Supreme Court decision a relief for metro residents who receive health insurance subsidies

This is an archived article and the information in the article may be outdated. Please look at the time stamp on the story to see when it was last updated.

KANSAS CITY, Mo. -- The Affordable Care Act will remain intact. The U.S. Supreme Court announced Thursday that a key provision is legal. Government subsidies for health insurance will continue for millions of Americans including 220,000 Missourians and 70,000 Kansans. Many say that means they'll be able to keep insurance that they couldn't afford otherwise.

"This is what I was afraid of not being able to afford," said Bill Merritt of Kansas City North as a looked at his diabetes medicines.

"One of my insulins is $5,000 for a three-month supply," Merritt added.

His worry went away Thursday as the Supreme Court upheld health insurance subsidies.

"It means everything to me and my family," he said.

The 60-year-old helps with his wife's day care business. After losing his job and health insurance last year, the couple and their son got coverage through the health care marketplace. With the government subsidy, they pay $59 a month for the premium.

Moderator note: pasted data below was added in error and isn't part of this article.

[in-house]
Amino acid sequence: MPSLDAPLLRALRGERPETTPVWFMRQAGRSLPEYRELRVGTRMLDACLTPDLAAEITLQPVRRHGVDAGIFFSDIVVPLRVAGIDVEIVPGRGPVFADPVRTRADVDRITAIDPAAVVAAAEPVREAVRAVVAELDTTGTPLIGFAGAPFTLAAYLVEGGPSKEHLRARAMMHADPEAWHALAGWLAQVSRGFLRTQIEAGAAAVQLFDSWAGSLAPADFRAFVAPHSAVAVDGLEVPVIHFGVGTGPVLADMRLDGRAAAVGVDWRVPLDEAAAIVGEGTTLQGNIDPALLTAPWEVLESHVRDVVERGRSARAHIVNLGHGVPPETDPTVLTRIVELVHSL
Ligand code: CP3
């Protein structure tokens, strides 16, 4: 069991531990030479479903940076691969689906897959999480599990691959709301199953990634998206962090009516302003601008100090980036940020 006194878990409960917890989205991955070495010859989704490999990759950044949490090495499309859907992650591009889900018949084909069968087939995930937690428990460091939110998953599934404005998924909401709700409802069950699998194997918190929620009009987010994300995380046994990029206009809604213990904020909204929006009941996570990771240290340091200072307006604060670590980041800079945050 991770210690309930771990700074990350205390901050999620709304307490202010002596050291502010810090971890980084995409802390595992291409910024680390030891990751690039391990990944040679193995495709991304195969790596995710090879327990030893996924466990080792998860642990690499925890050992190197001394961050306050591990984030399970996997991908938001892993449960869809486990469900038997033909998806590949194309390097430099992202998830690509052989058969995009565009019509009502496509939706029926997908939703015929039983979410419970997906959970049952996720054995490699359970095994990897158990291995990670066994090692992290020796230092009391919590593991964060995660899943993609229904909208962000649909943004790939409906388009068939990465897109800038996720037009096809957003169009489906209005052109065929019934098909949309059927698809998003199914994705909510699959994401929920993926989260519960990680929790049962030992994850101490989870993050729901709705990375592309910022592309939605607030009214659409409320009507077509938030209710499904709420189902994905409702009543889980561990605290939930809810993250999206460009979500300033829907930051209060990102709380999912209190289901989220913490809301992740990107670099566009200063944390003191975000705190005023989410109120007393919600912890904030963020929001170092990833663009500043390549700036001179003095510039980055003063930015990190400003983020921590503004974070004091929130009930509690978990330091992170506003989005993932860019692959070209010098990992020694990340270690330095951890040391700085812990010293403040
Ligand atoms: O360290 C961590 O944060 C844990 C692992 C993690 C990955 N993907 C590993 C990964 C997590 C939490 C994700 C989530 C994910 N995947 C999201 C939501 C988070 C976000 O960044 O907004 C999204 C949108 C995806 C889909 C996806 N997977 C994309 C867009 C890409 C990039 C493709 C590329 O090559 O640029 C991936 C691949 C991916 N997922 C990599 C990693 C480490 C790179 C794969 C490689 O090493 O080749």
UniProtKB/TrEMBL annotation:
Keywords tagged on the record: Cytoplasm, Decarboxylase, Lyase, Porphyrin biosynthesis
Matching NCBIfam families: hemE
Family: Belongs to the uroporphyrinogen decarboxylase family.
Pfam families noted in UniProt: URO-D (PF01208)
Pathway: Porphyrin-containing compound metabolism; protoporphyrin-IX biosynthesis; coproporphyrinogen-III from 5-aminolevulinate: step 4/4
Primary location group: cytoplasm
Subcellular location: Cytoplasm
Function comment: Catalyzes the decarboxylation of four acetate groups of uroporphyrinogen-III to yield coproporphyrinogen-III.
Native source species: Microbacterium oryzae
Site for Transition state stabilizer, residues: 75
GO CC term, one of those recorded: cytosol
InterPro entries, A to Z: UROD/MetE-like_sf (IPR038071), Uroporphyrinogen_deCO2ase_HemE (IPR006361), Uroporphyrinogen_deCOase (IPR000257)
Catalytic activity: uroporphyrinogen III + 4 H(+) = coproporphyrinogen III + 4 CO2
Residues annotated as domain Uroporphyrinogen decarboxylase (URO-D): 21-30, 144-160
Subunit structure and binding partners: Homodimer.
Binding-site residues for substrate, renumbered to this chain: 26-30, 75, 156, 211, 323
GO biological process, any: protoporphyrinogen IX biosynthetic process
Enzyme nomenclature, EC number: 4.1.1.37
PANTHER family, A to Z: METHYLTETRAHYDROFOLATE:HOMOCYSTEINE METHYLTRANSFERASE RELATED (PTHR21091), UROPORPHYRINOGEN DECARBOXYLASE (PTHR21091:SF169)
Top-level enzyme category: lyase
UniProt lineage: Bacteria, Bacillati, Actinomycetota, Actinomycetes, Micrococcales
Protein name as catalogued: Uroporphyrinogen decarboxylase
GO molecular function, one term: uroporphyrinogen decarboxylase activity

"I can make this payment. I can make this payment all day long," Merritt said.

It would have been more than $1,000 a month without the subsidy. Merritt says that would have forced them to drop coverage.

Jim Torres says many others he enrolled would have dropped coverage, too. The insurance navigator at Samuel U. Rodgers Health Center says that would have resulted in higher prices for those who kept coverage.

"It could have caused serious repercussions in the health insurance marketplace but also in the broader health insurance markets in the states affected," said Torres.

Torres says the decision is also a relief for the health center. The subsidies result in revenue when it sees patients who have coverage.

"It really does help our financial bottom line," said Torres.

It's helping as the center continues to see many others who are uninsured because they chose not to get coverage or they don't qualify.

Eighty-five percent of the people who bought coverage through the federal marketplace receive subsidies. They average more than $270 a month.